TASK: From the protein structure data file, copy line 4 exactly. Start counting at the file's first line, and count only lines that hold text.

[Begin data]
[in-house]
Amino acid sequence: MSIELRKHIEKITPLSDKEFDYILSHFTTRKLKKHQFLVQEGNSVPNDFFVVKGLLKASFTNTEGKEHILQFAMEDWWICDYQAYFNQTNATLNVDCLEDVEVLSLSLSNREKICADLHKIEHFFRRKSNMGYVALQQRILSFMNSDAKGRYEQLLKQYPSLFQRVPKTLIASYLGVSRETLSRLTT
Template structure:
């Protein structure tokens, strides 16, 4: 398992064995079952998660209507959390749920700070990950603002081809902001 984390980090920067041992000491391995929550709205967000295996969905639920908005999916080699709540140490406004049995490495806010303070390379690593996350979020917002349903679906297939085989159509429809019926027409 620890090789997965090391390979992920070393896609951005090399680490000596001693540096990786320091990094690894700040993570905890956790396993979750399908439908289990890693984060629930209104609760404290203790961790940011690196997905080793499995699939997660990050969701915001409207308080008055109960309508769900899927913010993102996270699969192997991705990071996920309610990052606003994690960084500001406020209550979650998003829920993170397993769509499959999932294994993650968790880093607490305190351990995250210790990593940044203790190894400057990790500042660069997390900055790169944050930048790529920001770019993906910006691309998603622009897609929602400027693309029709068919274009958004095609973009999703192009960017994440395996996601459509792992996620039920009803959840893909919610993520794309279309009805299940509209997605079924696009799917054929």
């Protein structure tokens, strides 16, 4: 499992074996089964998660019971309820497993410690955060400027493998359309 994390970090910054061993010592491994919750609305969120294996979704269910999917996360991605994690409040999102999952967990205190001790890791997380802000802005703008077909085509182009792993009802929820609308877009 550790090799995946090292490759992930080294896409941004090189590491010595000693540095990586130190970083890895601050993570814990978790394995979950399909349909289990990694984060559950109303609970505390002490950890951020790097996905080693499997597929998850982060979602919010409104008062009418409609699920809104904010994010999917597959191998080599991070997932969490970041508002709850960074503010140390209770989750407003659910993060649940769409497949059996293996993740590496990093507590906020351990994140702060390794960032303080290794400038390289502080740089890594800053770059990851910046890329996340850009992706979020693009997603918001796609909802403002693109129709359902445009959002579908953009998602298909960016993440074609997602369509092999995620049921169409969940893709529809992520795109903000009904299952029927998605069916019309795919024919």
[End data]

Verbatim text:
């Protein structure tokens, strides 16, 4: 398992064995079952998660209507959390749920700070990950603002081809902001 984390980090920067041992000491391995929550709205967000295996969905639920908005999916080699709540140490406004049995490495806010303070390379690593996350979020917002349903679906297939085989159509429809019926027409 620890090789997965090391390979992920070393896609951005090399680490000596001693540096990786320091990094690894700040993570905890956790396993979750399908439908289990890693984060629930209104609760404290203790961790940011690196997905080793499995699939997660990050969701915001409207308080008055109960309508769900899927913010993102996270699969192997991705990071996920309610990052606003994690960084500001406020209550979650998003829920993170397993769509499959999932294994993650968790880093607490305190351990995250210790990593940044203790190894400057990790500042660069997390900055790169944050930048790529920001770019993906910006691309998603622009897609929602400027693309029709068919274009958004095609973009999703192009960017994440395996996601459509792992996620039920009803959840893909919610993520794309279309009805299940509209997605079924696009799917054929």